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Re: Battle for Wesnoth relicensing

From: Alexander Terekhov
Subject: Re: Battle for Wesnoth relicensing
Date: Wed, 17 Sep 2008 18:17:52 +0200

Hyman Rosen wrote:
> Tim Smith wrote:
> > The game as a whole would be a collective work that
> > contains many separate works: the game code, the individual works of
> > art, and the individual works of sound.  Distributing them all together
> > would fall under the "mere aggregation" part of GPL.
> I disagree. If a game operates by using many files in an
> integrated presentation, that is not mere aggregation. It
> is a collective work.

Gu-NÜ-speak "mere aggregation" means collective work or noncopyrightable
aggregation. Both fall under "mere aggregation". Only derivative works
don't fall under "mere aggregation".

To wit (think of an OS like say Gu-NÜ-slash-Linux which "operates by
using many files in an integrated presentation"):

The Software is a modular operating system comprised of numerous
components that may be accompanied by separate license terms.  The
Software is a collective work of Novell; although Novell does not own
the copyright to every component of the Software, Novell owns the
collective work copyright for the Software. 


This agreement governs the use of the Software and any updates to the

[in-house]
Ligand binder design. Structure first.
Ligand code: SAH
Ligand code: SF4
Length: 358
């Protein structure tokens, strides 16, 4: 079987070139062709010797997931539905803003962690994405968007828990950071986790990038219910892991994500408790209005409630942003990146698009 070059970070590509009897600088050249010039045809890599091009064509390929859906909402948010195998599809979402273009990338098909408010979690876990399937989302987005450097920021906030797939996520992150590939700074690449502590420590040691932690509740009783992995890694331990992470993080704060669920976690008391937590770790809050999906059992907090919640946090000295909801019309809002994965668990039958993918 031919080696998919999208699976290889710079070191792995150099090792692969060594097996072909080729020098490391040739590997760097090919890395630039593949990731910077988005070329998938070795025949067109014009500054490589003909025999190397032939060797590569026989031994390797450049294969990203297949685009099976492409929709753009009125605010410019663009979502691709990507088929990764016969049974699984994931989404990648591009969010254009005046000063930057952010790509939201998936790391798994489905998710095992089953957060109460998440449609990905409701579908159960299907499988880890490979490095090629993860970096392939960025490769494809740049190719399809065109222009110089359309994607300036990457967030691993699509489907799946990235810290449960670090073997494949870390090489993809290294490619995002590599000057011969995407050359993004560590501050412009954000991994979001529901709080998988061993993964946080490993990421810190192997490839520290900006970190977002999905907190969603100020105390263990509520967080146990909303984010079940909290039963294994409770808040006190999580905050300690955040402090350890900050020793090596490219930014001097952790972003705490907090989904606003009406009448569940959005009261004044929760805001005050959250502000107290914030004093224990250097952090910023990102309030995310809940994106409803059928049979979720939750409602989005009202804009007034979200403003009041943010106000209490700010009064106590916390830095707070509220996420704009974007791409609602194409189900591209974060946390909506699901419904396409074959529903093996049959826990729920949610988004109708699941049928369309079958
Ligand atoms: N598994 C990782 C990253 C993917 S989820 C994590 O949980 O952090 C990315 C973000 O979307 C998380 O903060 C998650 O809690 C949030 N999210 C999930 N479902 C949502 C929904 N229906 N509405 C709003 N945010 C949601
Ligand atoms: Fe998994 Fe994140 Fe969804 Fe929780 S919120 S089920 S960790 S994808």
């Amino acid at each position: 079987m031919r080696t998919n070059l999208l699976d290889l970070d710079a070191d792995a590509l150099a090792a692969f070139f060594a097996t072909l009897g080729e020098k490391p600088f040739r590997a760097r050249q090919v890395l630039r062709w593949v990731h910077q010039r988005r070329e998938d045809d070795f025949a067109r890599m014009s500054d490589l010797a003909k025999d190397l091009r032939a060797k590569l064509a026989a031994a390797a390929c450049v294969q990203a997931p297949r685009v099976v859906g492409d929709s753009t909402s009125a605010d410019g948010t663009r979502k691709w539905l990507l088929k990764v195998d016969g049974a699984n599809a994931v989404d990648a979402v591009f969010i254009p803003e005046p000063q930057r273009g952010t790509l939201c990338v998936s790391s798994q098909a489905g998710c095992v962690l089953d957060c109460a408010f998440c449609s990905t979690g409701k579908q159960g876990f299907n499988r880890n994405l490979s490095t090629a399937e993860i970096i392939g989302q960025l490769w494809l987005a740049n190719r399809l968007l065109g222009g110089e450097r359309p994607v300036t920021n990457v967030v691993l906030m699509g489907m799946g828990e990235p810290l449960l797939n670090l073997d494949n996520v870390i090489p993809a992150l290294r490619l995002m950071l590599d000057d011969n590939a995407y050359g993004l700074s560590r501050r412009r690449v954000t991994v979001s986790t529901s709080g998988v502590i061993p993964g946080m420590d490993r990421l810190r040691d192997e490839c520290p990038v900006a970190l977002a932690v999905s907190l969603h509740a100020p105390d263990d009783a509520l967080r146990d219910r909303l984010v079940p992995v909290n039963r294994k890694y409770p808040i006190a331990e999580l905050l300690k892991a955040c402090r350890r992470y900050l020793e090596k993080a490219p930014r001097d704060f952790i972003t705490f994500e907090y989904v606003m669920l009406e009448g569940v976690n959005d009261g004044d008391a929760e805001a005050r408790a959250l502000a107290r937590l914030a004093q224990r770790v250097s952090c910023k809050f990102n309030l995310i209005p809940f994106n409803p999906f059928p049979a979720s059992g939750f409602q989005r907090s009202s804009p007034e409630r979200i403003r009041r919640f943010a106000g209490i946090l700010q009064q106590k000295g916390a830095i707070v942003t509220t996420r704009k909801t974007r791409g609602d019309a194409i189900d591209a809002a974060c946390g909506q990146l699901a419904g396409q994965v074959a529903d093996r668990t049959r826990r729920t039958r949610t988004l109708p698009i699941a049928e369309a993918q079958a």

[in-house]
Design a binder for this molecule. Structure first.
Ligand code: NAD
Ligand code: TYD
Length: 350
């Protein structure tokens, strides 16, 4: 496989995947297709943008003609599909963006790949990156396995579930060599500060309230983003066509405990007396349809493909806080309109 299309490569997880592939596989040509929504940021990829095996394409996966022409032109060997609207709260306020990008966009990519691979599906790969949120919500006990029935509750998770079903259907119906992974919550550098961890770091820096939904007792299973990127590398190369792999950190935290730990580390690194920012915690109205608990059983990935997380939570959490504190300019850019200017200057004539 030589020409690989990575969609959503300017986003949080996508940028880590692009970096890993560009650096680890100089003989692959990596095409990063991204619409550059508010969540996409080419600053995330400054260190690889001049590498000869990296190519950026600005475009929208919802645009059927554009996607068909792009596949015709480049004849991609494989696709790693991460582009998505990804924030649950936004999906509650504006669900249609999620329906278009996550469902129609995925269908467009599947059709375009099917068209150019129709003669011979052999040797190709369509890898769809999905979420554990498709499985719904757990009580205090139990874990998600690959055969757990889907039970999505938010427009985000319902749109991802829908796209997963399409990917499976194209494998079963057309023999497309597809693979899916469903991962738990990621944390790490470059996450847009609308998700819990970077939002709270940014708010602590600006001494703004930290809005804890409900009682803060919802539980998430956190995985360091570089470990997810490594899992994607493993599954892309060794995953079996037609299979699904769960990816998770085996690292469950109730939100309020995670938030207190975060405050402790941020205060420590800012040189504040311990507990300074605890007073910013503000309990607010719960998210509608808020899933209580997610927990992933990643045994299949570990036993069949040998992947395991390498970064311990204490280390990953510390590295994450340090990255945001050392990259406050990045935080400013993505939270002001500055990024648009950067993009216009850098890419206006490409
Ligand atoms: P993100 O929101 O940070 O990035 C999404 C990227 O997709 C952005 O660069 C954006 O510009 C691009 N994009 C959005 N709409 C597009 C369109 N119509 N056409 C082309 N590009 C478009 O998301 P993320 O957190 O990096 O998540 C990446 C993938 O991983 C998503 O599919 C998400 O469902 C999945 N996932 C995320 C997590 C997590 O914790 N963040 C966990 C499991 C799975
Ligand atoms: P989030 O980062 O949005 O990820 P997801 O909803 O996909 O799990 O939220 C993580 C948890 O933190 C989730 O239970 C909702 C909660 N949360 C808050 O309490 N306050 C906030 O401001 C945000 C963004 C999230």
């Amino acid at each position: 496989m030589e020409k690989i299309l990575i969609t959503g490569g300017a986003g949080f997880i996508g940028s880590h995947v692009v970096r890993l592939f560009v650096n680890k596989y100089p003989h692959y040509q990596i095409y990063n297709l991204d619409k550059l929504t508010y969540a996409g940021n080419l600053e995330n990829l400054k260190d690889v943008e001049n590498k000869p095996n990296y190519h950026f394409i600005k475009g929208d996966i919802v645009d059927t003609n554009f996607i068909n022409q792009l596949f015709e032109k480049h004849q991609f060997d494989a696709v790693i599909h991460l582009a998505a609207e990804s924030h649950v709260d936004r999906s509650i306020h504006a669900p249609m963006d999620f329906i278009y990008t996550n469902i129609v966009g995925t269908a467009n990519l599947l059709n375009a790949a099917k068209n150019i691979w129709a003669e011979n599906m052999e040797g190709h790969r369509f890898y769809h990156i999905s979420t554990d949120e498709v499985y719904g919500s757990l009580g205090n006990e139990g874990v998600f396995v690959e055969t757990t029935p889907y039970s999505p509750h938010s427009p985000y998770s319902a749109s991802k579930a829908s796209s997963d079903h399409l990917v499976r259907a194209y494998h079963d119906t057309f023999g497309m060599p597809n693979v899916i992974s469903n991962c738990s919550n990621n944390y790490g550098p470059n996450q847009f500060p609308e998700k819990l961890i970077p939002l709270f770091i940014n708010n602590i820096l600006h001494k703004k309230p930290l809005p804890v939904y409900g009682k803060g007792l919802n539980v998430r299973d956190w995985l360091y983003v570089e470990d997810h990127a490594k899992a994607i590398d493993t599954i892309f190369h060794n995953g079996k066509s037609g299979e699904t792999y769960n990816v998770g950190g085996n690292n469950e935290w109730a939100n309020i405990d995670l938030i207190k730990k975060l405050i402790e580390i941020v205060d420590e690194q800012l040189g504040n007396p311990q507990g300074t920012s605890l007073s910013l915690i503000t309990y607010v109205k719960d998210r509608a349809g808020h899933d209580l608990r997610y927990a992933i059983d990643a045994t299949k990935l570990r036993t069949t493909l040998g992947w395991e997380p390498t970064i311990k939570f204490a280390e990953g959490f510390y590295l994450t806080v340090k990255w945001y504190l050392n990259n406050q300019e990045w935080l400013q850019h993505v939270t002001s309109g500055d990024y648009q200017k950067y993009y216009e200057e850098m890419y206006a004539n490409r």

Software, regardless of the delivery mechanism. The Software is a
collective work under U.S. Copyright Law. 


GPL Terminology and Interpretation

a) “Works based on the Program”

The first operative Section of the GPL (Section 0) reads as follows:

This License applies to any program or other work which contains a
notice placed by the copyright holder saying it may be distributed under
the terms of this General Public License. The ‘Program,’ below, refers
to any such program or work, and a ‘work based on the Program’ means
either the Program or any derivative work under copyright law: that is
to say, a work containing the Program or a portion of it, either
verbatim or with modifications and/or translated into another language.
(Hereinafter, translation is included without limitation in the term
‘modification.’) Each licensee is addressed as ‘you.’

Activities other than copying, distribution and modification are not
covered by this License; they are outside its scope. The act of running
the Program is not restricted, and the output from the Program is